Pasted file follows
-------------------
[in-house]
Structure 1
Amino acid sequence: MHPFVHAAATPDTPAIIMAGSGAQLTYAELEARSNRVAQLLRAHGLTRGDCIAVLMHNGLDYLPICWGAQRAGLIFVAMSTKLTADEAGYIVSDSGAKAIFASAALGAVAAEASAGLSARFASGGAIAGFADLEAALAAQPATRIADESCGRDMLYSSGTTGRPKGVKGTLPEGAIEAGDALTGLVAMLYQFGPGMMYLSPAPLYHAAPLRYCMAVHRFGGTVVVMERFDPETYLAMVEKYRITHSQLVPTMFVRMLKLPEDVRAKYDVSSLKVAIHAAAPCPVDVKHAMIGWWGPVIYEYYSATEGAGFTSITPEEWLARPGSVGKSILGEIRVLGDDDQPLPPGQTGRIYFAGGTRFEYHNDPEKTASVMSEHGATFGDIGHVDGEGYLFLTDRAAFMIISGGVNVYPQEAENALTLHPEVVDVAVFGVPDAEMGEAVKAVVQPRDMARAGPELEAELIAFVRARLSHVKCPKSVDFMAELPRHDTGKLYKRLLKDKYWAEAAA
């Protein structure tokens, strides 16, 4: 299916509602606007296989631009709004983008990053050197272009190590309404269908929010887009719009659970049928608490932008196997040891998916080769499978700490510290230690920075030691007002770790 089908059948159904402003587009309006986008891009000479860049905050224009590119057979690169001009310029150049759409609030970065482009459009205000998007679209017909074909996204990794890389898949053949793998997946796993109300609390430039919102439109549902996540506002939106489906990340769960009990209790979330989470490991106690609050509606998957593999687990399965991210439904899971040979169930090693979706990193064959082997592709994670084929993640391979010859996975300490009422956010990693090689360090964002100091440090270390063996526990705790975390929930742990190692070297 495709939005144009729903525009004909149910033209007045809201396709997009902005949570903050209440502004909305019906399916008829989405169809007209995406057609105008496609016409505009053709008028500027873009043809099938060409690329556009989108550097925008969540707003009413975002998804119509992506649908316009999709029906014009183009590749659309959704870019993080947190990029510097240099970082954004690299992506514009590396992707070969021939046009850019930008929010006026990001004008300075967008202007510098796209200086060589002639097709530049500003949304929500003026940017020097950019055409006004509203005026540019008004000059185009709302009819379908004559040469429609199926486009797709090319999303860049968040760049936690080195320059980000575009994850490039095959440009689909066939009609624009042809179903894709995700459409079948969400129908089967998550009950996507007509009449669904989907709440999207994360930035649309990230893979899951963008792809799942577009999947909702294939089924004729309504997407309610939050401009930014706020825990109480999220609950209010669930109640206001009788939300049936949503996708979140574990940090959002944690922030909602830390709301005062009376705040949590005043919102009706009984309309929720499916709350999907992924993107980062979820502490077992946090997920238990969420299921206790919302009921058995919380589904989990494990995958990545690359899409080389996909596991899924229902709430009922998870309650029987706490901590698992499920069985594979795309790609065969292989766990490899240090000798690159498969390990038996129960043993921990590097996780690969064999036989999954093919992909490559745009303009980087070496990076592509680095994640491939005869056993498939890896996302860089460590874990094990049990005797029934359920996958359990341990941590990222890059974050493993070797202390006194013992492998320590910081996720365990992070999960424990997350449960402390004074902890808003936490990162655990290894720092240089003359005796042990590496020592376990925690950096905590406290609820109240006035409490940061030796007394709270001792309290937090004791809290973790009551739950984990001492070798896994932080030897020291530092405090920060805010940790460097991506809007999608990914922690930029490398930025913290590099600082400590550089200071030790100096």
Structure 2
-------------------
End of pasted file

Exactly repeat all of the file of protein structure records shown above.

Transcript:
[in-house]
Structure 1
Amino acid sequence: MHPFVHAAATPDTPAIIMAGSGAQLTYAELEARSNRVAQLLRAHGLTRGDCIAVLMHNGLDYLPICWGAQRAGLIFVAMSTKLTADEAGYIVSDSGAKAIFASAALGAVAAEASAGLSARFASGGAIAGFADLEAALAAQPATRIADESCGRDMLYSSGTTGRPKGVKGTLPEGAIEAGDALTGLVAMLYQFGPGMMYLSPAPLYHAAPLRYCMAVHRFGGTVVVMERFDPETYLAMVEKYRITHSQLVPTMFVRMLKLPEDVRAKYDVSSLKVAIHAAAPCPVDVKHAMIGWWGPVIYEYYSATEGAGFTSITPEEWLARPGSVGKSILGEIRVLGDDDQPLPPGQTGRIYFAGGTRFEYHNDPEKTASVMSEHGATFGDIGHVDGEGYLFLTDRAAFMIISGGVNVYPQEAENALTLHPEVVDVAVFGVPDAEMGEAVKAVVQPRDMARAGPELEAELIAFVRARLSHVKCPKSVDFMAELPRHDTGKLYKRLLKDKYWAEAAA
């Protein structure tokens, strides 16, 4: 299916509602606007296989631009709004983008990053050197272009190590309404269908929010887009719009659970049928608490932008196997040891998916080769499978700490510290230690920075030691007002770790 089908059948159904402003587009309006986008891009000479860049905050224009590119057979690169001009310029150049759409609030970065482009459009205000998007679209017909074909996204990794890389898949053949793998997946796993109300609390430039919102439109549902996540506002939106489906990340769960009990209790979330989470490991106690609050509606998957593999687990399965991210439904899971040979169930090693979706990193064959082997592709994670084929993640391979010859996975300490009422956010990693090689360090964002100091440090270390063996526990705790975390929930742990190692070297 495709939005144009729903525009004909149910033209007045809201396709997009902005949570903050209440502004909305019906399916008829989405169809007209995406057609105008496609016409505009053709008028500027873009043809099938060409690329556009989108550097925008969540707003009413975002998804119509992506649908316009999709029906014009183009590749659309959704870019993080947190990029510097240099970082954004690299992506514009590396992707070969021939046009850019930008929010006026990001004008300075967008202007510098796209200086060589002639097709530049500003949304929500003026940017020097950019055409006004509203005026540019008004000059185009709302009819379908004559040469429609199926486009797709090319999303860049968040760049936690080195320059980000575009994850490039095959440009689909066939009609624009042809179903894709995700459409079948969400129908089967998550009950996507007509009449669904989907709440999207994360930035649309990230893979899951963008792809799942577009999947909702294939089924004729309504997407309610939050401009930014706020825990109480999220609950209010669930109640206001009788939300049936949503996708979140574990940090959002944690922030909602830390709301005062009376705040949590005043919102009706009984309309929720499916709350999907992924993107980062979820502490077992946090997920238990969420299921206790919302009921058995919380589904989990494990995958990545690359899409080389996909596991899924229902709430009922998870309650029987706490901590698992499920069985594979795309790609065969292989766990490899240090000798690159498969390990038996129960043993921990590097996780690969064999036989999954093919992909490559745009303009980087070496990076592509680095994640491939005869056993498939890896996302860089460590874990094990049990005797029934359920996958359990341990941590990222890059974050493993070797202390006194013992492998320590910081996720365990992070999960424990997350449960402390004074902890808003936490990162655990290894720092240089003359005796042990590496020592376990925690950096905590406290609820109240006035409490940061030796007394709270001792309290937090004791809290973790009551739950984990001492070798896994932080030897020291530092405090920060805010940790460097991506809007999608990914922690930029490398930025913290590099600082400590550089200071030790100096």
Structure 2